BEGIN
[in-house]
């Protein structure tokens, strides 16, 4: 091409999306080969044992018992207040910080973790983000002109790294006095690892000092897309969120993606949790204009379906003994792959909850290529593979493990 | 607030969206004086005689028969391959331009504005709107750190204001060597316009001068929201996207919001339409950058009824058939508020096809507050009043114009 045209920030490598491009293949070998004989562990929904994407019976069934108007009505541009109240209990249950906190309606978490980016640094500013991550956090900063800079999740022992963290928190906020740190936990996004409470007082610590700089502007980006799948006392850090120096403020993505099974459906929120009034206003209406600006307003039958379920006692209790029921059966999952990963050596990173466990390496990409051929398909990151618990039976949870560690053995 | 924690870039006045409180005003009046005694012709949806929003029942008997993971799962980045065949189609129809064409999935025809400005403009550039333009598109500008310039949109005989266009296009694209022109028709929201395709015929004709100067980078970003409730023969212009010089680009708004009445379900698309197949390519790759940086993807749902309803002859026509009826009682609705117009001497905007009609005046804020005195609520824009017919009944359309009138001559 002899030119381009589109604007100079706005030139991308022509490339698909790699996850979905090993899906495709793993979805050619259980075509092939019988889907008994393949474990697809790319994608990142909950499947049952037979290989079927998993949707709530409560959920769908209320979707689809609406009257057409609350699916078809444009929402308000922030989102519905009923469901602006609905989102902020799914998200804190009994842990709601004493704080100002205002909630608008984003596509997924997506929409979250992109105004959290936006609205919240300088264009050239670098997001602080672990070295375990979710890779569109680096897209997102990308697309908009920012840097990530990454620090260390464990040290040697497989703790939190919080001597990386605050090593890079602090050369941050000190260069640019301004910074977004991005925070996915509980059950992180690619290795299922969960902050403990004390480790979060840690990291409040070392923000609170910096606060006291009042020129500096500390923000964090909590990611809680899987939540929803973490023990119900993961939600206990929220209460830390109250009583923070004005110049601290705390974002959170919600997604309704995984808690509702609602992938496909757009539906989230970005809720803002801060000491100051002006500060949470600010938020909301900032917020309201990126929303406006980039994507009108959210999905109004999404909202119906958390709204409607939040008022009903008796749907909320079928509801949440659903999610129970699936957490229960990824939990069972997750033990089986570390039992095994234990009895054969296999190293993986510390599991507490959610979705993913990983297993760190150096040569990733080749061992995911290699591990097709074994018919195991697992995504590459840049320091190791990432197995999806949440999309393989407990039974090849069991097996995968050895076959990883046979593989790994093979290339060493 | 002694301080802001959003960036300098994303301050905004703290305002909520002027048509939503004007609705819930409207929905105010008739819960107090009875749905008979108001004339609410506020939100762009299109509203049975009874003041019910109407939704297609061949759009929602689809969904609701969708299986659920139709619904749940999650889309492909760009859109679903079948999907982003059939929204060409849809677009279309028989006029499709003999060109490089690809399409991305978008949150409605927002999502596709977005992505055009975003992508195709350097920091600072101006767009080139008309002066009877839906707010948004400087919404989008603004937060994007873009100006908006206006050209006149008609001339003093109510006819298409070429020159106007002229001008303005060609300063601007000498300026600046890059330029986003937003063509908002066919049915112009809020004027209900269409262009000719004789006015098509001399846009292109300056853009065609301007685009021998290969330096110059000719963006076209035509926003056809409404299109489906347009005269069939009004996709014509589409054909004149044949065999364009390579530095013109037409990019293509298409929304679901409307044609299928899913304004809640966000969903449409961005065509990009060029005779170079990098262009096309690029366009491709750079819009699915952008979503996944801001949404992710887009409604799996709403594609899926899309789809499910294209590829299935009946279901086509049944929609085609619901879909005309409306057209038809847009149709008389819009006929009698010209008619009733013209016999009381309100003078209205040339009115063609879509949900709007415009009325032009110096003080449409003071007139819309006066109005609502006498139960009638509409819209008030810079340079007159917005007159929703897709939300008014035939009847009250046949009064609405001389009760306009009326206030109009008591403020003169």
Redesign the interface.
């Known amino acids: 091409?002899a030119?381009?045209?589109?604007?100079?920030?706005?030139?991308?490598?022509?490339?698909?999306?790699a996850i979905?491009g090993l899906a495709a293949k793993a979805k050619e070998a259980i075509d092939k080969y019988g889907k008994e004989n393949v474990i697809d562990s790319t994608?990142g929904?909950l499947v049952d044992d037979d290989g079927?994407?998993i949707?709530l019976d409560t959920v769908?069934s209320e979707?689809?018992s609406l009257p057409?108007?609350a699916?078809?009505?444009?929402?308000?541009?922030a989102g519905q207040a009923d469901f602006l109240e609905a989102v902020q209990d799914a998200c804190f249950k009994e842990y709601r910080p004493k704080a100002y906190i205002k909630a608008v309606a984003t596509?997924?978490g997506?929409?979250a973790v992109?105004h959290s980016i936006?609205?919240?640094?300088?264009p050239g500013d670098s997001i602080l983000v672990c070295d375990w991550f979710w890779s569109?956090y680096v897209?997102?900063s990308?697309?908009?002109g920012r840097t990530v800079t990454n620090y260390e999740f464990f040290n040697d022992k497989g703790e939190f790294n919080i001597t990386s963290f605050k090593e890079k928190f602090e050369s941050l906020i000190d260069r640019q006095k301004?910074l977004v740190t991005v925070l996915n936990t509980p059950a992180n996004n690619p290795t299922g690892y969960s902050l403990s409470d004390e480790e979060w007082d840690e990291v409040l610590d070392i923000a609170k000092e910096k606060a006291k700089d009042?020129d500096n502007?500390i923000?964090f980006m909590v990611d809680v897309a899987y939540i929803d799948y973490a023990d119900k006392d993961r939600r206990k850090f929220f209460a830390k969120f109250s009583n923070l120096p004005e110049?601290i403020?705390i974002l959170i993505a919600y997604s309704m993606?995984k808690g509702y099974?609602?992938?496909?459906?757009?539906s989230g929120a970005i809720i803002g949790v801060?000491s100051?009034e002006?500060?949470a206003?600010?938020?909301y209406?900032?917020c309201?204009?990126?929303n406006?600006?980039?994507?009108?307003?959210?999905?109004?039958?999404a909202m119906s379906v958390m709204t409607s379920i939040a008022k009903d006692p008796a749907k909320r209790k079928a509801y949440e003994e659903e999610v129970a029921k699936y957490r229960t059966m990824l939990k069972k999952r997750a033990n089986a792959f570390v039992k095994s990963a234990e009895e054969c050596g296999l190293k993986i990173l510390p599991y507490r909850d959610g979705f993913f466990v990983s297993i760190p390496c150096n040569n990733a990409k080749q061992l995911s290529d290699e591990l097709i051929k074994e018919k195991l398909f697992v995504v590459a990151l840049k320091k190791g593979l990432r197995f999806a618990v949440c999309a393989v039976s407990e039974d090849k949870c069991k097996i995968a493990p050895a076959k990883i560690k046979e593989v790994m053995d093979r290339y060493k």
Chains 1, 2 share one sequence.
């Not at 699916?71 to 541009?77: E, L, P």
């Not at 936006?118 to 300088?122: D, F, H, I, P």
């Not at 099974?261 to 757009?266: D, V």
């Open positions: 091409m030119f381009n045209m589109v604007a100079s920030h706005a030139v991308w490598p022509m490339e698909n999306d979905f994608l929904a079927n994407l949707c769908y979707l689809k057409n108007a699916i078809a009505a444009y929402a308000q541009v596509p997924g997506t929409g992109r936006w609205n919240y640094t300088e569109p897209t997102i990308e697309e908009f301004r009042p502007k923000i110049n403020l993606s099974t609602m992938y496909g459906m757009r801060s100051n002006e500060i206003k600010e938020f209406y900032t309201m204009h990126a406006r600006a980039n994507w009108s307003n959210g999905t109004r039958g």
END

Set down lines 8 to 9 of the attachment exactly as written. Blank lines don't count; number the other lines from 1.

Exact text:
């Not at 099974?261 to 757009?266: D, V």
């Open positions: 091409m030119f381009n045209m589109v604007a100079s920030h706005a030139v991308w490598p022509m490339e698909n999306d979905f994608l929904a079927n994407l949707c769908y979707l689809k057409n108007a699916i078809a009505a444009y929402a308000q541009v596509p997924g997506t929409g992109r936006w609205n919240y640094t300088e569109p897209t997102i990308e697309e908009f301004r009042p502007k923000i110049n403020l993606s099974t609602m992938y496909g459906m757009r801060s100051n002006e500060i206003k600010e938020f209406y900032t309201m204009h990126a406006r600006a980039n994507w009108s307003n959210g999905t109004r039958g």